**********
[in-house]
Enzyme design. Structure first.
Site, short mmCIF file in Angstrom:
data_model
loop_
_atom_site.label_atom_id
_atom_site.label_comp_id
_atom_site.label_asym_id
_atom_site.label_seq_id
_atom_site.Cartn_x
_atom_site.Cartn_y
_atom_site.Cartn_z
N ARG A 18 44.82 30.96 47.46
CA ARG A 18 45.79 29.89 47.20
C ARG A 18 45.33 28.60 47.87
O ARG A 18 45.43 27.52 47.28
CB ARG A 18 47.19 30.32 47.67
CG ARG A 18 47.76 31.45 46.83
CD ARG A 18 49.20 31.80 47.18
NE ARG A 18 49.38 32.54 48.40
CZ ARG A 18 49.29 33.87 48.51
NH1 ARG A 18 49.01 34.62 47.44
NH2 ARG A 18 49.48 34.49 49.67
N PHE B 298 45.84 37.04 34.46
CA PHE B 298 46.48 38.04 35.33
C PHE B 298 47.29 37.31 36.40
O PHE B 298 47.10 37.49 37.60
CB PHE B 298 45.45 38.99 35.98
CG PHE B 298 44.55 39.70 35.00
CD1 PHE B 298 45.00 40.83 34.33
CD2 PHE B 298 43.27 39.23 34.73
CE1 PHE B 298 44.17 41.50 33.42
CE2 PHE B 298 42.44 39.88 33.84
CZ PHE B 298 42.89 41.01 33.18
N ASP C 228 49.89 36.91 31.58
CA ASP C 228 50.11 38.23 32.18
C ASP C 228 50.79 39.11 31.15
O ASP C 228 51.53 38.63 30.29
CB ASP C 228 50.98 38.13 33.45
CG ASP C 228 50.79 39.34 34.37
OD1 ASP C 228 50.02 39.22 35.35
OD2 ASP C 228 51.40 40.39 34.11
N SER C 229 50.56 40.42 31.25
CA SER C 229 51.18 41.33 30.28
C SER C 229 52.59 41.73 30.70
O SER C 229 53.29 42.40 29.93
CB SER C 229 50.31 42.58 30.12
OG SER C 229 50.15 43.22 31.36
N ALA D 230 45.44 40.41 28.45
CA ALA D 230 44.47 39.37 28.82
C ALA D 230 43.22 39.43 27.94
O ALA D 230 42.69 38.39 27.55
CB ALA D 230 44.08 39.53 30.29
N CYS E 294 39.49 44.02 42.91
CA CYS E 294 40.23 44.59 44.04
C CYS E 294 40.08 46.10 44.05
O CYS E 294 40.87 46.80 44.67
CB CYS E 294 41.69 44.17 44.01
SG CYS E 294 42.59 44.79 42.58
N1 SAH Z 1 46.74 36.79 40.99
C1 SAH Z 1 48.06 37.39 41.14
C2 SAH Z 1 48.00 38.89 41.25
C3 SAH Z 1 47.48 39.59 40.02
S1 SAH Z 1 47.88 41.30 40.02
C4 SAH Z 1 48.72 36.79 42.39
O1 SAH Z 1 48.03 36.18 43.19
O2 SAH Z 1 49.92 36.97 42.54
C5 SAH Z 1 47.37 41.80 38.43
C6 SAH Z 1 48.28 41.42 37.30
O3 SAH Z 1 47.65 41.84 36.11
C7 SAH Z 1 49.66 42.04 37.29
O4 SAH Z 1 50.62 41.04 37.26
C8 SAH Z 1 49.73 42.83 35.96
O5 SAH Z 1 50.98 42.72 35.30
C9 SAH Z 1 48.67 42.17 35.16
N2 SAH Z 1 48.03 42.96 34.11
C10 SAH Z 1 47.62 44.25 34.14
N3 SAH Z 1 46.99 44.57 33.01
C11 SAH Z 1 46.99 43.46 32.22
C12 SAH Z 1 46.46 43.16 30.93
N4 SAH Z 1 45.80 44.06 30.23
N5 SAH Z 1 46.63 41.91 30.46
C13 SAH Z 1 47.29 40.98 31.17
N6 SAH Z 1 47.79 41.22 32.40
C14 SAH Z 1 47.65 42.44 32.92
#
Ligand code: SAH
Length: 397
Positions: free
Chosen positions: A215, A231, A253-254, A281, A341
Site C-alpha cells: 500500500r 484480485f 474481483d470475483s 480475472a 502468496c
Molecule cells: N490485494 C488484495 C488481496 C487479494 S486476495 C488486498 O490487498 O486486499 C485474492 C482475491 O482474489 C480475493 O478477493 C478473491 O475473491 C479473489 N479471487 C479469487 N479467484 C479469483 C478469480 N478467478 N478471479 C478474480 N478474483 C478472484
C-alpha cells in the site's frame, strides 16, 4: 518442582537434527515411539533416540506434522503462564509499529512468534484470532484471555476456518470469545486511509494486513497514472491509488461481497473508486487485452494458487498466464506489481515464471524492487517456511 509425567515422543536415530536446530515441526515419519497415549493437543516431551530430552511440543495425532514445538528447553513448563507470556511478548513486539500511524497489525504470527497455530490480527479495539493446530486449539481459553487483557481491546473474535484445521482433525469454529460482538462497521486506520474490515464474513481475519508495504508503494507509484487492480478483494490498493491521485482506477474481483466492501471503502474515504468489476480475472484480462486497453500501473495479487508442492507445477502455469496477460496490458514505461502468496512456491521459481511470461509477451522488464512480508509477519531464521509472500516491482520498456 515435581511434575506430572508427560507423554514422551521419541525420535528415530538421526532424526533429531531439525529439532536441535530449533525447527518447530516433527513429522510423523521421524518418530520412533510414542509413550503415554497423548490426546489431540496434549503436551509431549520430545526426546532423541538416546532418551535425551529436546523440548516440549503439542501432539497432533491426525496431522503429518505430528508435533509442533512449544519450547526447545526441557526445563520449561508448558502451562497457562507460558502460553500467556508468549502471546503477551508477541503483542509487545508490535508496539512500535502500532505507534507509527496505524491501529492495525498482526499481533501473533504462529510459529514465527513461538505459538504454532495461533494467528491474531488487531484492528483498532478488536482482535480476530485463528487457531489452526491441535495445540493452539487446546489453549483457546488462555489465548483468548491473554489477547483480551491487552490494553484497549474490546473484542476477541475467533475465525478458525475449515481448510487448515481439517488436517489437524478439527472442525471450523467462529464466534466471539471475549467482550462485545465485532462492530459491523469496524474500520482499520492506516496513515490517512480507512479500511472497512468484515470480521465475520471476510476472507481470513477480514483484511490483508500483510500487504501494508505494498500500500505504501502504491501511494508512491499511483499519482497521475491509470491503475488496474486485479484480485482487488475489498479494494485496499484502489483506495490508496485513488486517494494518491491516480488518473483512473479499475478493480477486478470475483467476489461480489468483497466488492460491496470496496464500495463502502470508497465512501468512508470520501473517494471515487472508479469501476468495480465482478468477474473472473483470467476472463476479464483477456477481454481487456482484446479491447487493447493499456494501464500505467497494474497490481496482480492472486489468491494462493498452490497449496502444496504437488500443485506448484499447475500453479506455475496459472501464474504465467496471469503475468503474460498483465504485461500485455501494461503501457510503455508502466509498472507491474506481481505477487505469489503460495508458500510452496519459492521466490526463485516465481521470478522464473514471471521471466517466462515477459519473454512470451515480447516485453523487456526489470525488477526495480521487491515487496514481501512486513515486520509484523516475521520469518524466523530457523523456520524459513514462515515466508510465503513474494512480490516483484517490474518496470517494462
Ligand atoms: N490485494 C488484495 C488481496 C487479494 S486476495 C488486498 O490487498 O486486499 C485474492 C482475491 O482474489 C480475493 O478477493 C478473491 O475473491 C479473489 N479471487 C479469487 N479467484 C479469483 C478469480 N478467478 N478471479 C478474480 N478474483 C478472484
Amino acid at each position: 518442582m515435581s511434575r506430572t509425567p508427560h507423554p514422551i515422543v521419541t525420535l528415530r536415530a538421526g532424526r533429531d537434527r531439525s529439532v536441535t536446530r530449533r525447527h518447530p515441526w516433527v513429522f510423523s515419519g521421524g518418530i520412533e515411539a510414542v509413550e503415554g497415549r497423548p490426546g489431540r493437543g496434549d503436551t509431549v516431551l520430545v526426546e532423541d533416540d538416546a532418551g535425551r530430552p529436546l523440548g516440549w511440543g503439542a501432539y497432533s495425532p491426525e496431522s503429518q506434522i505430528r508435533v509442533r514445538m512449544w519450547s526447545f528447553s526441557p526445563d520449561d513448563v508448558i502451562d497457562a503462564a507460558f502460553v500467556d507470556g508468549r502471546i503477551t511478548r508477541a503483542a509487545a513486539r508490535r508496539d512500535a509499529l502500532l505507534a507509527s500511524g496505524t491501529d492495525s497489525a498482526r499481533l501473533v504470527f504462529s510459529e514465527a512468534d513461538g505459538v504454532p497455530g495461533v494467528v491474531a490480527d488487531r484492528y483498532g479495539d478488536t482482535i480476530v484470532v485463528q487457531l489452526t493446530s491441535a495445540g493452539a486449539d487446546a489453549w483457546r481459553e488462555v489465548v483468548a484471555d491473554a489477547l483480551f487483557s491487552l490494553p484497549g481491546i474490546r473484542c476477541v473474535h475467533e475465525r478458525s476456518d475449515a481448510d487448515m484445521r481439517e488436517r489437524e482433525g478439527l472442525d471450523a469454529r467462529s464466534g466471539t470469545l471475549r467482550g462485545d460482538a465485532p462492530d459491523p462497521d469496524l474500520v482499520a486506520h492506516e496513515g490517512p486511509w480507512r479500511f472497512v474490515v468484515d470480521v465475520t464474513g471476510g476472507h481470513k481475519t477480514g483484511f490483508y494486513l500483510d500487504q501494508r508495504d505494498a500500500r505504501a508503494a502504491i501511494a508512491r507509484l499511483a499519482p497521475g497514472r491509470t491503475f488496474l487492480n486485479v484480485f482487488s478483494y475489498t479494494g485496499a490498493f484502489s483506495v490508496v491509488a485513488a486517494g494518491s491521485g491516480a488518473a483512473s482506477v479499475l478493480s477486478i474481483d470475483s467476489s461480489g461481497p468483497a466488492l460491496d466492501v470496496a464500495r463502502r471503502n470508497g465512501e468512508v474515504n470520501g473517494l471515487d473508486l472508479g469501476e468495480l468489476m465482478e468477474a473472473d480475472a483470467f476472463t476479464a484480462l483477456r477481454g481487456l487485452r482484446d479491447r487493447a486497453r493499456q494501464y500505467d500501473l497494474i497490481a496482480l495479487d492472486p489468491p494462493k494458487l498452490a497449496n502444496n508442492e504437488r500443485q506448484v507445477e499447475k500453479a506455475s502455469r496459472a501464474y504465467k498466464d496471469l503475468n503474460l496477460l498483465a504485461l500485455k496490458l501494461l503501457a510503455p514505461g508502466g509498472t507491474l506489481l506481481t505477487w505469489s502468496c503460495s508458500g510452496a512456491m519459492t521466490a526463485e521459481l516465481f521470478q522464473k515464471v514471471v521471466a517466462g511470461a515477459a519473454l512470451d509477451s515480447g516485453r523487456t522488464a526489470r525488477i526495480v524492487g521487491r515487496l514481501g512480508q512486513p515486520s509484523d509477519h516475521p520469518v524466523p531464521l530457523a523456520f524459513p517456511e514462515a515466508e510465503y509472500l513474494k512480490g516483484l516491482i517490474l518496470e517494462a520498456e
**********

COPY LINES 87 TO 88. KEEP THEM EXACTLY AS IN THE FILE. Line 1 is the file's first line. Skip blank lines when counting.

Ligand code: SAH
Length: 397